The pension challenge

With a DB pension plan, a company promises their employees a pension for life and is responsible for paying the pension: whatever the cost ends up being. The problem is that low interest rates and choppy equity markets have made the funding level of many pension plans look like a roller roaster ride. This can be seen in the chart at the top of this blog.

Another challenge facing pension plans is that Canadians are living longer, meaning that pensions need to be paid for a longer time. A common rule of thumb is that one year of additional life expectancy at age 65 can increase the cost of the pension plan by 3% to 4%.

In a tough economy, the need to contribute to a pension plan can often come at a time when a company’s core business is also facing financial difficulties. If a company becomes bankrupt, then the company likely won’t be able to pay the contributions owed to the pension plan and employees may indeed face a shortfall in its pensions.

How Group Annuities protect their employees’ pensions 

The good news is that a growing number of Canadian companies are taking steps to protect their employees’ pensions. They are buying group annuities to transfer the financial risk of their pension plans to insurance companies, which are subject to strict regulations and must have funds on hand at all times to pay promised pensions. With a group annuity, an insurer assumes responsibility for providing the pensions to a company’s retirees in exchange for a fee, and the retirees continue to receive their promised pension.

Continue Reading…

Sun has set on the Golden Days of DB pensions: How to survive the New Retirement

My latest Financial Post column can be found online, by clicking on the highlighted headline: Sun has set on the Golden Days: How to survive the ‘New’ Retirement. It can also be found on page B8 of the Friday paper under the headline Senior Investing Gets Critical.

The piece is based on a half-day conference held in Toronto on Wednesday sponsored by Franklin Templeton Investments. The third annual Retirement Innovation Summit was an equal mix of sessions on Retirement readiness and updates by Franklin Templeton executives on the current state of the markets.

The big theme was the well-established (two decades now) shift from the guaranteed-for-life Defined Benefit pensions earlier generations enjoyed, to market-variable alternatives like Defined Contribution pensions. As a result, longevity risk and market risk has been gradually shifting from the shoulders of employers to those of their workers/employees. And that in turn has meant that would-be retirees have to devote a lot more attention to the markets and investing than older generations that enjoyed what seems in retrospect to be a “golden age” of retirement income security.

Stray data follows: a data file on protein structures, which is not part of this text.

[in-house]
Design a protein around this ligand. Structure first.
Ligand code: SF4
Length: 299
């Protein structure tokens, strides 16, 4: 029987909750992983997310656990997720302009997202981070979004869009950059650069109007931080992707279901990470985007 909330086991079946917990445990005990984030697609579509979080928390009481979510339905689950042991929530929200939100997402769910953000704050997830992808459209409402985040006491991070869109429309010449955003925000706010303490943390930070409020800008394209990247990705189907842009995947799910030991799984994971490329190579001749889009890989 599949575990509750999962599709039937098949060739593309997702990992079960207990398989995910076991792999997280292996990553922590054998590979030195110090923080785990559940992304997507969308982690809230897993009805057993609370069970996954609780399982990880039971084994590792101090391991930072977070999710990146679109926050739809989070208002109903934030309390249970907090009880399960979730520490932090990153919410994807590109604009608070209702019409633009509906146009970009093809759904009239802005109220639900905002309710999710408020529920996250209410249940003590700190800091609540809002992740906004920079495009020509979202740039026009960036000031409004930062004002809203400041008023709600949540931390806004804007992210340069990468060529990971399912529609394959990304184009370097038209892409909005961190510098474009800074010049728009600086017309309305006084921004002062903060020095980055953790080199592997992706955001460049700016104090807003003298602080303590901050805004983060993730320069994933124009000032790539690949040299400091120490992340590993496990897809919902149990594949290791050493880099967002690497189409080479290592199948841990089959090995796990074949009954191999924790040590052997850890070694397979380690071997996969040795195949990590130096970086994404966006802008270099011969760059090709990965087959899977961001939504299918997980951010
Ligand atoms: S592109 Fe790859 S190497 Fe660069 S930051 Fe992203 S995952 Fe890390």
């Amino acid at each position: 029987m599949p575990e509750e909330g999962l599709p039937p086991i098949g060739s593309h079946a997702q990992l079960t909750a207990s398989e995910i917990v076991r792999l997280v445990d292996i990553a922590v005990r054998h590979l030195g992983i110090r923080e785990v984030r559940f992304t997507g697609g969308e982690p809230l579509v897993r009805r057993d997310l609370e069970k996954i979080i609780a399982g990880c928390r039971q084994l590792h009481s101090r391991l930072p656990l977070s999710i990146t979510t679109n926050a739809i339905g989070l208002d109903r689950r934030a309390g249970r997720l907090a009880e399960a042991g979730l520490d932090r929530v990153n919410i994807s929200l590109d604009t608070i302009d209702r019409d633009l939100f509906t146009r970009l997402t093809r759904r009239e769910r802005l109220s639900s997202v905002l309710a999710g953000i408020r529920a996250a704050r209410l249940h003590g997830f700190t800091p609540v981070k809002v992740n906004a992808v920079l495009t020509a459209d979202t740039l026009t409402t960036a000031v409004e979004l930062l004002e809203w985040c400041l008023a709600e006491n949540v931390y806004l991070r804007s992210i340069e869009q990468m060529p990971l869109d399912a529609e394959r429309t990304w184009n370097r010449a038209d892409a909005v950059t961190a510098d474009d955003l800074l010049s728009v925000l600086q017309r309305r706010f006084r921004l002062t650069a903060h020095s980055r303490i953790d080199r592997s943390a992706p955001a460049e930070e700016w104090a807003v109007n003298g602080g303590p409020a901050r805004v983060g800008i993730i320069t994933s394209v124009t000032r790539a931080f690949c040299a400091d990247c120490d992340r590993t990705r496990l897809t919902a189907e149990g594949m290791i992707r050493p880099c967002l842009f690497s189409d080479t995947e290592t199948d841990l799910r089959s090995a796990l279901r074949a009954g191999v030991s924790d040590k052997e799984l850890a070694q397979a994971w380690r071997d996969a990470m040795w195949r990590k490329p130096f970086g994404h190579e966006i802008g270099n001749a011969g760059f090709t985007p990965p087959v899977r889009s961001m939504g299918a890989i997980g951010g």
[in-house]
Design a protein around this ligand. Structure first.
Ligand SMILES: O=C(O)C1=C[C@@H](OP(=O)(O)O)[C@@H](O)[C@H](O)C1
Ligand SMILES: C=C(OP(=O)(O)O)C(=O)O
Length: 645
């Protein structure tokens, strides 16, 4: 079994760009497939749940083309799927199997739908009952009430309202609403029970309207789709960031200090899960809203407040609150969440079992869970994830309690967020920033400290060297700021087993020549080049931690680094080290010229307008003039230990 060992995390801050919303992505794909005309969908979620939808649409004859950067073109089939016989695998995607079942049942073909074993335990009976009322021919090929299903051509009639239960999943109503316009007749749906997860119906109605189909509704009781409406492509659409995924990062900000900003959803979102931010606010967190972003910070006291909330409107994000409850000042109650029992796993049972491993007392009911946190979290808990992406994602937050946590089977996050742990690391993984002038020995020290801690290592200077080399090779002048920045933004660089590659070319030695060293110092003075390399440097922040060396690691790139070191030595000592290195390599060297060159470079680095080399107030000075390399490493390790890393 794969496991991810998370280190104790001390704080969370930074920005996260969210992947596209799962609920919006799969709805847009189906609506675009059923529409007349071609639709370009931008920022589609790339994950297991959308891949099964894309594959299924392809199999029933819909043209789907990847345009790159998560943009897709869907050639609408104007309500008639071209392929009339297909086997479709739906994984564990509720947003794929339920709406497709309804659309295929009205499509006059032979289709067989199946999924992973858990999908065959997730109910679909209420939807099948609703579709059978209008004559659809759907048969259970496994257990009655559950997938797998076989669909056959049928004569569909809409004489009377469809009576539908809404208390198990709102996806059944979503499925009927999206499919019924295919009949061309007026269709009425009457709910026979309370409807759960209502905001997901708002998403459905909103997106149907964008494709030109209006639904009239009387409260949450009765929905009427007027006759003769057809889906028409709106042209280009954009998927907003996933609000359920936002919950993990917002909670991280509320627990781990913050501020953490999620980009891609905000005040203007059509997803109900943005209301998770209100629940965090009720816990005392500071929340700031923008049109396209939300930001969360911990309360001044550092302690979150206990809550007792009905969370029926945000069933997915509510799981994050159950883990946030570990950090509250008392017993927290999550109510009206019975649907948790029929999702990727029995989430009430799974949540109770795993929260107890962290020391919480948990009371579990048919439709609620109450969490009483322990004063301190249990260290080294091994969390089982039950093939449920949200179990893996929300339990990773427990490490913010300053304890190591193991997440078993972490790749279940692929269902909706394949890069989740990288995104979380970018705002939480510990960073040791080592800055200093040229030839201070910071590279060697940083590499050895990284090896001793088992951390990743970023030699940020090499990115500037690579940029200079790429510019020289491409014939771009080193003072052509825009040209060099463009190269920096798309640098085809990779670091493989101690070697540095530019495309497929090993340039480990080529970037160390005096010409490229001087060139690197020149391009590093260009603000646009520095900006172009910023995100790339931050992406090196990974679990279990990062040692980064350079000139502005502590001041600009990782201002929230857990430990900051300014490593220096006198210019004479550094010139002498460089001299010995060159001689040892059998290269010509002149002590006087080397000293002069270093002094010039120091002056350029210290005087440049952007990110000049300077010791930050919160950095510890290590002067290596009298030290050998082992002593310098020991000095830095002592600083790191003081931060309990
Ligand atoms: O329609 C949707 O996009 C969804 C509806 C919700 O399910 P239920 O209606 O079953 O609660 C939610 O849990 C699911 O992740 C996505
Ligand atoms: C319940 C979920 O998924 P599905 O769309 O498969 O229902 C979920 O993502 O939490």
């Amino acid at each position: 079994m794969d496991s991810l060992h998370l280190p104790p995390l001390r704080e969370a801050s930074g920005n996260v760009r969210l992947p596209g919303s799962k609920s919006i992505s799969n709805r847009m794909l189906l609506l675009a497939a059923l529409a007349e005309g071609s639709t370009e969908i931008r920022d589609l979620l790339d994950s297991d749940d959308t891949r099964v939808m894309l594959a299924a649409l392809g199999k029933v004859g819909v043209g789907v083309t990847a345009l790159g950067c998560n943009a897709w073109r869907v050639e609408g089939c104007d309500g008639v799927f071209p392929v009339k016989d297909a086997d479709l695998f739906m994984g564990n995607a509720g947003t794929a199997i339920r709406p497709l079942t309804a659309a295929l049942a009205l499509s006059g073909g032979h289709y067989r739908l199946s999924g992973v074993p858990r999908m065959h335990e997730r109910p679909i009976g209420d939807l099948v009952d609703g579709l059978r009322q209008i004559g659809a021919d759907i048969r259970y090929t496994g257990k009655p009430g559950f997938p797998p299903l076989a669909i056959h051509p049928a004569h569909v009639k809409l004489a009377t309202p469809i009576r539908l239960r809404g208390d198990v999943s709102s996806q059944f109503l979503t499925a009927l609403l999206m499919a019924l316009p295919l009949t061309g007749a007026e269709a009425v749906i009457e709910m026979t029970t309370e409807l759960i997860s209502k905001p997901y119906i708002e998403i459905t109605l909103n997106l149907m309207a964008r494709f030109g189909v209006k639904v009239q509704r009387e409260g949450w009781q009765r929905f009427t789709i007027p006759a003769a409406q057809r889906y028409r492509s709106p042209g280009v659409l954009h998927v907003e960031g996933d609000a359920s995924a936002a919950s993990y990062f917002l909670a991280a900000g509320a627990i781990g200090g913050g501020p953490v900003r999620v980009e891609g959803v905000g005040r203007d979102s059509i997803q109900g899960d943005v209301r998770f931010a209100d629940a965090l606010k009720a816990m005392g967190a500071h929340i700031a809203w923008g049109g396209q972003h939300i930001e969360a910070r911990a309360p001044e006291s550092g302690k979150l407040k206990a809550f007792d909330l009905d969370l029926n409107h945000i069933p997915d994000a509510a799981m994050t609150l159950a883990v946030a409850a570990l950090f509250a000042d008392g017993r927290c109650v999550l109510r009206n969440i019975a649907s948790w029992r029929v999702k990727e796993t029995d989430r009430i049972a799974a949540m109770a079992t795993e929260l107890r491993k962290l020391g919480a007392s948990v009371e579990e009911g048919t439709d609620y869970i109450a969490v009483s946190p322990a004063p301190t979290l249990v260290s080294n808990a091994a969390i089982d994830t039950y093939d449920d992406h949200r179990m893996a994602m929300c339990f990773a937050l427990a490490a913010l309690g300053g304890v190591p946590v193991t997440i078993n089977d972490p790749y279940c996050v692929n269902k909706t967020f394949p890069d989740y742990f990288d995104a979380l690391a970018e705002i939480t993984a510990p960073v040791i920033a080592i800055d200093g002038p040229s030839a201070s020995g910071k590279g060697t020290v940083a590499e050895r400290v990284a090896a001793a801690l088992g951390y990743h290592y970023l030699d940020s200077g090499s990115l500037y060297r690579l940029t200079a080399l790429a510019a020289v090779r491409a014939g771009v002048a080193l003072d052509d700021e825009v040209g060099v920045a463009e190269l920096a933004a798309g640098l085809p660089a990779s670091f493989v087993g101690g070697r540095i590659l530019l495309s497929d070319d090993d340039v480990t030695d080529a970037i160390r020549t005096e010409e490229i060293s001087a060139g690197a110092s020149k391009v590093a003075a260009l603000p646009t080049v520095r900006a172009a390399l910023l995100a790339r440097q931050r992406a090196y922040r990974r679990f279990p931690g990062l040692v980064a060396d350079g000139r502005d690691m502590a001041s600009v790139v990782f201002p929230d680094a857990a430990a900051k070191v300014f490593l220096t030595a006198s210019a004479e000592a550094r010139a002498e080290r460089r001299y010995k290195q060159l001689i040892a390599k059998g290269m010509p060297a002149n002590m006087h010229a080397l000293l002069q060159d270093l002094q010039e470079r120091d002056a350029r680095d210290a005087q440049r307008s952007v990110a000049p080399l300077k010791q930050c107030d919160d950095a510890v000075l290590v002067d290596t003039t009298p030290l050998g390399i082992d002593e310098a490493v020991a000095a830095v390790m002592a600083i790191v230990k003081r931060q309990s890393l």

Retirement is a gradual process, not a cliff

As for Retirement Readiness, one speaker described how Retirement itself has become more tentative. Instead of moving abruptly from 100% work mode to 100% leisure the moment you reach the traditional retirement age of 65, workers are experimenting with retirement and more often than not returning to the workforce, only to rinse and repeat.

Since the US financial crisis, the numbers of people aged 65 or more who are still working full-time has been on the rise. Of those still working after 65, only one in five did so because they felt they had to because of shaky personal finances. For the other four in five, it’s “because they want to or truth to tell, their spouse wants them out of the house,” the speaker said.

Furthermore, among both full- and part-time workers in that age category, 40% reported they had retired twice already: they had quit the working world, returned a few months or years later, then quit again and then returned to work again.”

Taking a Retirement Victory Lap

So much for the so-called “Retirement Cliff.” This of course is a major theme of the book I co-authored with Mike Drak: Victory Lap Retirement. We basically argue that retirement is a long process that involves slowly moving into. After all, you never see an airplane land by suddenly putting on the brakes in mid-air and dropping vertically: there is a gradual “glide path” to a smooth landing.

So it is with Retirement in our view: call it Semi-Retirement or an encore career or a legacy career but in essence it’s about moving gradually over five or ten years from 100% full-time work to perhaps 80%, 50%, 30% and so on, so that by the time you’re fully retired (perhaps in your 70s), the shock to your system is much less severe.